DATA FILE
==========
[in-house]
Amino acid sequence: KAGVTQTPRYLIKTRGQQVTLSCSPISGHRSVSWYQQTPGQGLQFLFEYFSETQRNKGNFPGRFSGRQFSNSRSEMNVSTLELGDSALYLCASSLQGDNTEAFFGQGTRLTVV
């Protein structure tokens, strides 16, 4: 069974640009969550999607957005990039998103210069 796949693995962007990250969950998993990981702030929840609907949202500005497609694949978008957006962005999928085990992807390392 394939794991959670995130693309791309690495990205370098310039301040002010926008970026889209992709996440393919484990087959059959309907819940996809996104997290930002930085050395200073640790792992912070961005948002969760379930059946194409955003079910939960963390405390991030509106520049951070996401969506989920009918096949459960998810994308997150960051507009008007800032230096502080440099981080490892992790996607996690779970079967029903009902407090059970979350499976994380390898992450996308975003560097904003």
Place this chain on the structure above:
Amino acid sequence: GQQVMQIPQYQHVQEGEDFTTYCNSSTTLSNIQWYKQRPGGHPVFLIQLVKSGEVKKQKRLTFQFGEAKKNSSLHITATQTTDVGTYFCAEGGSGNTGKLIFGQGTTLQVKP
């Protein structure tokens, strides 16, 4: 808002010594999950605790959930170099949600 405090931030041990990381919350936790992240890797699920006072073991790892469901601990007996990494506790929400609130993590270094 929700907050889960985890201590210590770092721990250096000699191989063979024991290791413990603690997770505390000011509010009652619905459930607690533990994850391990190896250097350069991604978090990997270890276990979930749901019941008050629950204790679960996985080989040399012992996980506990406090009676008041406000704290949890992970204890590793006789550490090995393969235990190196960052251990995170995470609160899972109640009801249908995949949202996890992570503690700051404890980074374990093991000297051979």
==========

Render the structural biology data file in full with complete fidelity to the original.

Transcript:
[in-house]
Amino acid sequence: KAGVTQTPRYLIKTRGQQVTLSCSPISGHRSVSWYQQTPGQGLQFLFEYFSETQRNKGNFPGRFSGRQFSNSRSEMNVSTLELGDSALYLCASSLQGDNTEAFFGQGTRLTVV
């Protein structure tokens, strides 16, 4: 069974640009969550999607957005990039998103210069 796949693995962007990250969950998993990981702030929840609907949202500005497609694949978008957006962005999928085990992807390392 394939794991959670995130693309791309690495990205370098310039301040002010926008970026889209992709996440393919484990087959059959309907819940996809996104997290930002930085050395200073640790792992912070961005948002969760379930059946194409955003079910939960963390405390991030509106520049951070996401969506989920009918096949459960998810994308997150960051507009008007800032230096502080440099981080490892992790996607996690779970079967029903009902407090059970979350499976994380390898992450996308975003560097904003």
Place this chain on the structure above:
Amino acid sequence: GQQVMQIPQYQHVQEGEDFTTYCNSSTTLSNIQWYKQRPGGHPVFLIQLVKSGEVKKQKRLTFQFGEAKKNSSLHITATQTTDVGTYFCAEGGSGNTGKLIFGQGTTLQVKP
């Protein structure tokens, strides 16, 4: 808002010594999950605790959930170099949600 405090931030041990990381919350936790992240890797699920006072073991790892469901601990007996990494506790929400609130993590270094 929700907050889960985890201590210590770092721990250096000699191989063979024991290791413990603690997770505390000011509010009652619905459930607690533990994850391990190896250097350069991604978090990997270890276990979930749901019941008050629950204790679960996985080989040399012992996980506990406090009676008041406000704290949890992970204890590793006789550490090995393969235990190196960052251990995170995470609160899972109640009801249908995949949202996890992570503690700051404890980074374990093991000297051979």